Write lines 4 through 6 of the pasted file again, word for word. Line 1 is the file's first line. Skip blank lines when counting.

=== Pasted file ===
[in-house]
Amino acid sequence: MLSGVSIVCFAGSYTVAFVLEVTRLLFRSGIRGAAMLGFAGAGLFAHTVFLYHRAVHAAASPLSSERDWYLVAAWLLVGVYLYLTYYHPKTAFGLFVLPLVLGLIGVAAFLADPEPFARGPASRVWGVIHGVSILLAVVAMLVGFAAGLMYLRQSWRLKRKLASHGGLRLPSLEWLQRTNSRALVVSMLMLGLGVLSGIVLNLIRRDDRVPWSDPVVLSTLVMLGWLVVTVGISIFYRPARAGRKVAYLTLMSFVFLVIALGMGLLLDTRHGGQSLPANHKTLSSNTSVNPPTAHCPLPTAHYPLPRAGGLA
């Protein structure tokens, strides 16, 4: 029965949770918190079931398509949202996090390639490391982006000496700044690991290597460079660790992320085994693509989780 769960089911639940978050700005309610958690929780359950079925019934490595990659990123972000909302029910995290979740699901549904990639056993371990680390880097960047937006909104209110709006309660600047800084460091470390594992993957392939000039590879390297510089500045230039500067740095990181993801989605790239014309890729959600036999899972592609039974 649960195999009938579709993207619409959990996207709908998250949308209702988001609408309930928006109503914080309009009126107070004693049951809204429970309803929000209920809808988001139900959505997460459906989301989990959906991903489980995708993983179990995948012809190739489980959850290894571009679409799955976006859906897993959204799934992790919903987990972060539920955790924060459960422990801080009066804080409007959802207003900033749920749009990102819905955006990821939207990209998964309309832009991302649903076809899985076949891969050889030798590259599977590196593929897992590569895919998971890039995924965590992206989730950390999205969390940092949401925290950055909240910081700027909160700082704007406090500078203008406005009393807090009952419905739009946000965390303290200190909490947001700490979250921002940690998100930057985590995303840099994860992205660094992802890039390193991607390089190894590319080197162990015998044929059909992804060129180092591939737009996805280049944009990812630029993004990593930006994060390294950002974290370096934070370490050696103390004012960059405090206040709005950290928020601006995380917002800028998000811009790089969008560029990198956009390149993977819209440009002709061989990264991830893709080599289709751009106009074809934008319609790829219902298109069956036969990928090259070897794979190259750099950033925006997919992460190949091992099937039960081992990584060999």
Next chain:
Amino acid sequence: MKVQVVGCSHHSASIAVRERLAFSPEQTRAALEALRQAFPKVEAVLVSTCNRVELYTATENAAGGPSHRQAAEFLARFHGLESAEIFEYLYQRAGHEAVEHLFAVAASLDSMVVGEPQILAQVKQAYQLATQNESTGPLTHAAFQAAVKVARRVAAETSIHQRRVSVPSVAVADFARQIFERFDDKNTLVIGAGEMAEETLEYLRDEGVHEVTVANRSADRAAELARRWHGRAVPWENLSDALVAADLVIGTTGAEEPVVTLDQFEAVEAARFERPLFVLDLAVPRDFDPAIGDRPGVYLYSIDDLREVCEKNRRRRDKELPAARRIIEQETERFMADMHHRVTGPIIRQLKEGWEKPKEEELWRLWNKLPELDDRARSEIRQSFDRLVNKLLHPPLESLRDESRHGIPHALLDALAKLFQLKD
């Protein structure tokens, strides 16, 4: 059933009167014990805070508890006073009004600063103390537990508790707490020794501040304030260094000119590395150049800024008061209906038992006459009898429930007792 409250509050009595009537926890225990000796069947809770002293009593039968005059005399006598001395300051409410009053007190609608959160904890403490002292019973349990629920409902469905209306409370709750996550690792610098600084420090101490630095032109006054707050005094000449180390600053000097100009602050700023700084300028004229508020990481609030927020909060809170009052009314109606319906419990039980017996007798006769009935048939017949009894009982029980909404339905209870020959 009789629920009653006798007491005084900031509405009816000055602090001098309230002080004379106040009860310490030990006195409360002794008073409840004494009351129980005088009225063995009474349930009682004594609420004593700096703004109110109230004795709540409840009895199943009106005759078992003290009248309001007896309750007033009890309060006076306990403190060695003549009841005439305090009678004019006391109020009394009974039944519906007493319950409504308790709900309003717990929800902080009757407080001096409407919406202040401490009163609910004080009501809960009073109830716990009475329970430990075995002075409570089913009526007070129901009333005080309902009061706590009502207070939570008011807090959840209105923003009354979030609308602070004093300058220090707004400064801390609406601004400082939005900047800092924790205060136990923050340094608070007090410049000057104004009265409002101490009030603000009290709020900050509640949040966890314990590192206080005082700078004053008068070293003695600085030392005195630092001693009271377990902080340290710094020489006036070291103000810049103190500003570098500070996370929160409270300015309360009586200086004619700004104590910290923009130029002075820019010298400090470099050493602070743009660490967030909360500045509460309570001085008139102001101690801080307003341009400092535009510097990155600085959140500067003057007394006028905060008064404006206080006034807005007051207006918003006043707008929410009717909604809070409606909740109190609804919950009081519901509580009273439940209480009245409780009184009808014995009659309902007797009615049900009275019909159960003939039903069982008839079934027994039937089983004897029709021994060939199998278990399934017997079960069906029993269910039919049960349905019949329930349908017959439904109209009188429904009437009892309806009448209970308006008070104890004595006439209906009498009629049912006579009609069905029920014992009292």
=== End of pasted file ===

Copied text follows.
Next chain:
Amino acid sequence: MKVQVVGCSHHSASIAVRERLAFSPEQTRAALEALRQAFPKVEAVLVSTCNRVELYTATENAAGGPSHRQAAEFLARFHGLESAEIFEYLYQRAGHEAVEHLFAVAASLDSMVVGEPQILAQVKQAYQLATQNESTGPLTHAAFQAAVKVARRVAAETSIHQRRVSVPSVAVADFARQIFERFDDKNTLVIGAGEMAEETLEYLRDEGVHEVTVANRSADRAAELARRWHGRAVPWENLSDALVAADLVIGTTGAEEPVVTLDQFEAVEAARFERPLFVLDLAVPRDFDPAIGDRPGVYLYSIDDLREVCEKNRRRRDKELPAARRIIEQETERFMADMHHRVTGPIIRQLKEGWEKPKEEELWRLWNKLPELDDRARSEIRQSFDRLVNKLLHPPLESLRDESRHGIPHALLDALAKLFQLKD
């Protein structure tokens, strides 16, 4: 059933009167014990805070508890006073009004600063103390537990508790707490020794501040304030260094000119590395150049800024008061209906038992006459009898429930007792 409250509050009595009537926890225990000796069947809770002293009593039968005059005399006598001395300051409410009053007190609608959160904890403490002292019973349990629920409902469905209306409370709750996550690792610098600084420090101490630095032109006054707050005094000449180390600053000097100009602050700023700084300028004229508020990481609030927020909060809170009052009314109606319906419990039980017996007798006769009935048939017949009894009982029980909404339905209870020959 009789629920009653006798007491005084900031509405009816000055602090001098309230002080004379106040009860310490030990006195409360002794008073409840004494009351129980005088009225063995009474349930009682004594609420004593700096703004109110109230004795709540409840009895199943009106005759078992003290009248309001007896309750007033009890309060006076306990403190060695003549009841005439305090009678004019006391109020009394009974039944519906007493319950409504308790709900309003717990929800902080009757407080001096409407919406202040401490009163609910004080009501809960009073109830716990009475329970430990075995002075409570089913009526007070129901009333005080309902009061706590009502207070939570008011807090959840209105923003009354979030609308602070004093300058220090707004400064801390609406601004400082939005900047800092924790205060136990923050340094608070007090410049000057104004009265409002101490009030603000009290709020900050509640949040966890314990590192206080005082700078004053008068070293003695600085030392005195630092001693009271377990902080340290710094020489006036070291103000810049103190500003570098500070996370929160409270300015309360009586200086004619700004104590910290923009130029002075820019010298400090470099050493602070743009660490967030909360500045509460309570001085008139102001101690801080307003341009400092535009510097990155600085959140500067003057007394006028905060008064404006206080006034807005007051207006918003006043707008929410009717909604809070409606909740109190609804919950009081519901509580009273439940209480009245409780009184009808014995009659309902007797009615049900009275019909159960003939039903069982008839079934027994039937089983004897029709021994060939199998278990399934017997079960069906029993269910039919049960349905019949329930349908017959439904109209009188429904009437009892309806009448209970308006008070104890004595006439209906009498009629049912006579009609069905029920014992009292």